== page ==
Jan 6, 2013

The Bodybuilder and the Nanny: Mr. Belvedere

An unconventional free spirit arrives out of nowhere, talks his/her way into a job as a maid, nanny, butler, or housekeeper for  a dysfunctional family, and ends up being "just exactly what the doctor prescribed."   It was the premise of a dozen sitcoms, beginning with Hazel and Nanny and the Professo in the 1960s, and going through  from Charles in Charge to The Nanny to Andy the Manny on Modern Family

Mr. Belvedere  (1985-1990) had the sophisticated, gay-coded British butler (Christopher Hewitt) intruding upon the household of macho, somewhat homophobic sports writer George Owens (Bob Uecker). Many episodes involved the journey of the mistrustful odd couple toward mutual respect and eventually friendship. Unfortunately, there were no actual gay characters, nor even a "college friend coming out" episode, though they did deal with juvenile AIDS, gender transgressions (George's young son Wesley studies ballet), and a boy who was "confused."

George had a standard sitcom family: wife, teenage son and daughter, and grade school son.  Oddly, 23-year old Rob Stone, who played high schooler Kevin, received little attention from the teen magazines, and gave gay kids only one beefcake shot, when he signs up to be a nude artist's model to impress a girl.  And even then, they didn't see a lot.

Brice Beckham (grader schooler Wesley) received more attention, even though he was barely adolescent when the program ended.  Maybe it's a reflection of the program's popularity among pre-teens.

Christopher Hewitt, who was gay in real life, died in 2001. Rob Stone is involved in many directing and producing projects, specializing in documentaries.

Brice Beckham has continued to act. In 2012 he organized a number of former child stars, including Jeremy Licht (The Hogan Family) and Maureen Flanigan (Out of This World), to produce a pro-gay response to Kirk Cameron's infamous homophobic comments.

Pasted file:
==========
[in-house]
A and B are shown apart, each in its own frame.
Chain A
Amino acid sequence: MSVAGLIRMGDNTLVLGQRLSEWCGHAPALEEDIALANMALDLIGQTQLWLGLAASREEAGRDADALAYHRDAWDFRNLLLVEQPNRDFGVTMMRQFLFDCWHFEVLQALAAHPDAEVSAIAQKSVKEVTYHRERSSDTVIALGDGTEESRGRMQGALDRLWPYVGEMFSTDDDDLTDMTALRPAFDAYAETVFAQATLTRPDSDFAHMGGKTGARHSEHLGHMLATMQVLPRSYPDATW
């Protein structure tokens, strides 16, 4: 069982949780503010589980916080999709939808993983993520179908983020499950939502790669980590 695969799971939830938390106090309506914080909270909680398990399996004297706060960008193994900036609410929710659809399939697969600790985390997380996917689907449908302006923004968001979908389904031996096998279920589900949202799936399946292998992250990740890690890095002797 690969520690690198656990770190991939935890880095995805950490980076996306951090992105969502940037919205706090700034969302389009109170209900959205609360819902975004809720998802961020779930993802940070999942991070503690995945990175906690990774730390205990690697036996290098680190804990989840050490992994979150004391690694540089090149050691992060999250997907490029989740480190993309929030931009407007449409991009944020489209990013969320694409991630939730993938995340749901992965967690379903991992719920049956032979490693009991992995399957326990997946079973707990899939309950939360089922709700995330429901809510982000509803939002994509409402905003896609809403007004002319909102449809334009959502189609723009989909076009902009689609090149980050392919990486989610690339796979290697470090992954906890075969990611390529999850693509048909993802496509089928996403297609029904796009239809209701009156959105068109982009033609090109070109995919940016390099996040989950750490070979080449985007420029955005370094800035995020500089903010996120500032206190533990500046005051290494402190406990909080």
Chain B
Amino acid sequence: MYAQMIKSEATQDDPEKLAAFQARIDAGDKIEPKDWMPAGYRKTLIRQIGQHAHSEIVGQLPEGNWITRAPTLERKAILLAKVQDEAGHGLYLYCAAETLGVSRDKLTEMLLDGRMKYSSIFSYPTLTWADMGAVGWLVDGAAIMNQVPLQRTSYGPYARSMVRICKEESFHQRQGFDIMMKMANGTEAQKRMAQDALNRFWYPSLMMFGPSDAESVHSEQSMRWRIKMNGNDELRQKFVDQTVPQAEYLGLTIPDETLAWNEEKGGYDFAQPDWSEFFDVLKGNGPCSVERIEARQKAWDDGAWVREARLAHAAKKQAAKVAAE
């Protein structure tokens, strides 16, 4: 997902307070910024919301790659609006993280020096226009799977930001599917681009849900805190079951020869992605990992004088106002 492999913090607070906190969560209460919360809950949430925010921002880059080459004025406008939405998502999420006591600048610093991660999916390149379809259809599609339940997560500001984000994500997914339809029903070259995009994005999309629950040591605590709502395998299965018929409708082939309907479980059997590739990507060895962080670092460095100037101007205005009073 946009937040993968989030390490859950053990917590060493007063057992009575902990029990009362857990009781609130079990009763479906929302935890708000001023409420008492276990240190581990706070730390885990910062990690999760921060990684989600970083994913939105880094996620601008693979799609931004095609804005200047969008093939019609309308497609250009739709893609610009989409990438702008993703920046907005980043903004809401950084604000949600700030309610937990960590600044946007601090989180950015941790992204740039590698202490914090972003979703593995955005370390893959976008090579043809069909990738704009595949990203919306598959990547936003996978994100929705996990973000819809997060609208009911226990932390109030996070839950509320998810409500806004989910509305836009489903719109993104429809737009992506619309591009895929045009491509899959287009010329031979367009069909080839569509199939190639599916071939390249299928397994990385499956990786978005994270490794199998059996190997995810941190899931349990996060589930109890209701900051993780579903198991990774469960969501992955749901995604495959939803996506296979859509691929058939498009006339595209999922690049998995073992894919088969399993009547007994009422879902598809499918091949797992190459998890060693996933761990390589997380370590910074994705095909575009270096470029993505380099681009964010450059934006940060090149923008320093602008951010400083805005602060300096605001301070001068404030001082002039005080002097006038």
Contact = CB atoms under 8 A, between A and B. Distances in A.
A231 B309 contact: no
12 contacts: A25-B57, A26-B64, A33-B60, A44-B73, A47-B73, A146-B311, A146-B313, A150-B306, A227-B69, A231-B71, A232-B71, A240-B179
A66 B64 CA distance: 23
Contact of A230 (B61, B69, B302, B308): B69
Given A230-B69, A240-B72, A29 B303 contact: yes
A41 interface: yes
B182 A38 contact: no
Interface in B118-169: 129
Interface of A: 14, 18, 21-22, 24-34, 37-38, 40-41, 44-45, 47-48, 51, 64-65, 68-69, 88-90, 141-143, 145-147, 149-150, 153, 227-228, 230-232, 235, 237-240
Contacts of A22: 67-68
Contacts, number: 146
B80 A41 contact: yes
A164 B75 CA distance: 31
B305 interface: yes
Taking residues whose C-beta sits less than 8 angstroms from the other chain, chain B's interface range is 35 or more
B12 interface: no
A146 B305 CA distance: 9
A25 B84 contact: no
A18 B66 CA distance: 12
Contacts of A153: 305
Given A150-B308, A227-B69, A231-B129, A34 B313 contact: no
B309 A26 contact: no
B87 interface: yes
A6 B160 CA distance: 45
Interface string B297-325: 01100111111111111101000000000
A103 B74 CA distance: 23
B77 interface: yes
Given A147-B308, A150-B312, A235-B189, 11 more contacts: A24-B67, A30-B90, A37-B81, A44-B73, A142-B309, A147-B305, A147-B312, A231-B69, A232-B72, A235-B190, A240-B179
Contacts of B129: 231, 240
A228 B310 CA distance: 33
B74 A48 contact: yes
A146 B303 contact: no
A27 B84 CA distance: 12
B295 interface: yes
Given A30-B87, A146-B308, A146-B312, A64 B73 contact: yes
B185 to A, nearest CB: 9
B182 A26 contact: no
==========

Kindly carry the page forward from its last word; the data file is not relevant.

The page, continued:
1. Too bad Rob Stone didn't take his shirt off more. He was the only reason I watched the show.

  2. This is one show I love that didn't feature anyone in the main cast that I was attracted to (there were the occasional "teen idol" guest stars that appeared, but only occasionally). I just thought (and still think) the entire show was well written and perfectly cast. I liked everyone (in a non-sexual way) from Christopher Hewitt to Brice Beckham; hell, I even liked the teenage daughter played by Tracy Wells. The Mom was just meh for me, but I didn't find her overly annoying either, so I can't complain.

    And there actually was an episode that addressed the "gay" issue head on. Teenage daughter, Heather develops an interest in a hunky jock at school and tries desperately to get his attention. After he shows absolutely zero interest in her, she asks (rhetorically) "Are you gay or something?" This prompts the boy to genuinely begin to question his sexuality and the episode ends with the question of his sexuality unanswered (for him as well as the audience). Of course, being a sitcom, the episode was played for "laughs" but the subject was actually handled fairly open-mindedly for its time and you can find the episode on YouTube if you search "Mr Belvedere S03E16".

    There was also another somewhat "coded" gay episode where Wesley takes an interest in studying ballet. Dad, predictably, becomes uncomfortable with his son taking ballet (and the various implications associated with it). Finally, at a dance recital where one of the girl's fathers begins referring to the Wesley as "Tinkerbell" and "Fruit-loop", George comes to the decision to defend his son's less-than-macho (coded: "gay") interests. You can find the episode on YouTube if you search "Mr Belvedere SEASON 1 Episode #03".

    Neither of the above episodes actually showcases the show at its best. Probably my favorite episode (or at least one that stands out in my mind) was entitled "The Play" and can be found on Youtube if you search "Mr Belvedere SEASON 2 Episode #22". I think it showcases Hewitt and Beckham at their best, but if one is primarily only interested in Rob Stone, then it probably won't interest you.

  3. It was a simple, funny show. I enjoyed t but have to admit that it was always easy to look at Rob Stone. He was such a gentle yet masculine guy. When he took off his shirt in that Matlock episode and revealed his pecs I melted.


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